Two attorneys contacted me a couple of months ago. Toward the beginning of August 2008, their clients had both sold their cooperative apartments (technically, of course, their stock in the cooperative and the appurtenant proprietary leases) at a Brooklyn building and were required to pay the corporation at closing, respectively, $10,350 and $8,850 in flip taxes, or transfer fees. Their attorneys were notified of this requirement late – in one case, only a day before closing. These sums represented three percent of the sales prices.
The annual shareholders meeting of the corporation had been held the month before these closings, immediately followed by a meeting of the new board of directors. At that gathering according to minutes distributed later by the managing agent, the board resolved that, “Effective immediately, a flip tax of three percent of gross sales price will be levied on all apartment resales. Said flip tax to be collected at closing.” The clients were already in contract at the time of the board resolution and had been previously told, in writing, during the period of their attorney’s due diligence, that there was no flip tax.
The clients’ attorneys contacted the corporation immediately following the closings and requested proof that the transfer fees were validly implemented. (The issue of the clients having already been in contract at the time of the resolution was never raised, although it certainly could have been prior to any settlement.) Toward the end of August, the corporation’s attorney responded with a copy of those July minutes and noted, “There is nothing in the bylaws or the proprietary lease prohibiting the imposition of a flip tax. The board has amended the bylaws to provide for a flip tax.” It has never been specified, however when the board amended the bylaws and no proof has ever been received that the bylaws were, in fact, ever so amended.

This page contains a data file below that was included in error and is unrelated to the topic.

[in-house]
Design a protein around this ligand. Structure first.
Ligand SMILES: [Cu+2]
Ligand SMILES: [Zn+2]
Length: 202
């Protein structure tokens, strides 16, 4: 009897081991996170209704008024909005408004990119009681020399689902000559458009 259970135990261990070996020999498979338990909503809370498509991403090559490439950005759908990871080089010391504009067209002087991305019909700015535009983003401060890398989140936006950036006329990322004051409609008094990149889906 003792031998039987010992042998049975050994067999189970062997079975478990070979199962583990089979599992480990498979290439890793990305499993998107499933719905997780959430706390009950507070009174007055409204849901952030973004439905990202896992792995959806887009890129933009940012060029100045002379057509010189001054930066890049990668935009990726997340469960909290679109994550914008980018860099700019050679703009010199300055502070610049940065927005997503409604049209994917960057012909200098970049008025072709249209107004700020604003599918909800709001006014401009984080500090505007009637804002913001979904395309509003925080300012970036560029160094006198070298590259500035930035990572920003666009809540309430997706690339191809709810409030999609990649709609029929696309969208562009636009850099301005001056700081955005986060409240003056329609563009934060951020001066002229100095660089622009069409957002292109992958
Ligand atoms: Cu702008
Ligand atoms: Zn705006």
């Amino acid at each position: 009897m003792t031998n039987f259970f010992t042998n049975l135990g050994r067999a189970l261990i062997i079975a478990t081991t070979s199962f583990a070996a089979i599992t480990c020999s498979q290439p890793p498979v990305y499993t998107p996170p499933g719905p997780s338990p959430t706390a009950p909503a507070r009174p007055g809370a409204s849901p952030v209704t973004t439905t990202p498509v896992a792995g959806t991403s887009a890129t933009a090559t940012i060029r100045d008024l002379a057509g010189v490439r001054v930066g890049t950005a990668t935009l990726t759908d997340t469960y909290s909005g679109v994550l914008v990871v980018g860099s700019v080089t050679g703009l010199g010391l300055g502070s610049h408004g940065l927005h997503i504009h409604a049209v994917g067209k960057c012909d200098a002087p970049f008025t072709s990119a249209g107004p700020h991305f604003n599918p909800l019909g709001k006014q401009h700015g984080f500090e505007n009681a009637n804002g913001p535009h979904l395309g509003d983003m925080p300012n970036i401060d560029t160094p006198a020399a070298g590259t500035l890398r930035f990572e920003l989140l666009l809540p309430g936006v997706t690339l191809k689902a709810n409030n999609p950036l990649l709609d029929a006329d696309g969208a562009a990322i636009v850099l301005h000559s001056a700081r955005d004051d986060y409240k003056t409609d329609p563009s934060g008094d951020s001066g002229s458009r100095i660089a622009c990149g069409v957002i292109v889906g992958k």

But would it have made a difference? Doesn’t every cooperative attorney know that a valid transfer fee requires an amendment of the proprietary lease – requiring a shareholder vote – unless otherwise provided in the offering plan or a pre-conversion amendment thereto?
On May 2, 2008, Judge Cynthia Kern of the New York County Civil Court rendered her decision in Andrew Weigel vs. 30 West 15th Street Owners Corp. In that case, Judge Kern concluded that “the cooperative…was allowed to impose the transfer tax by properly amending its bylaws as there was nothing in the proprietary lease or offering plan which prohibited the imposition of a transfer tax or was inconsistent with the imposition of a transfer tax.”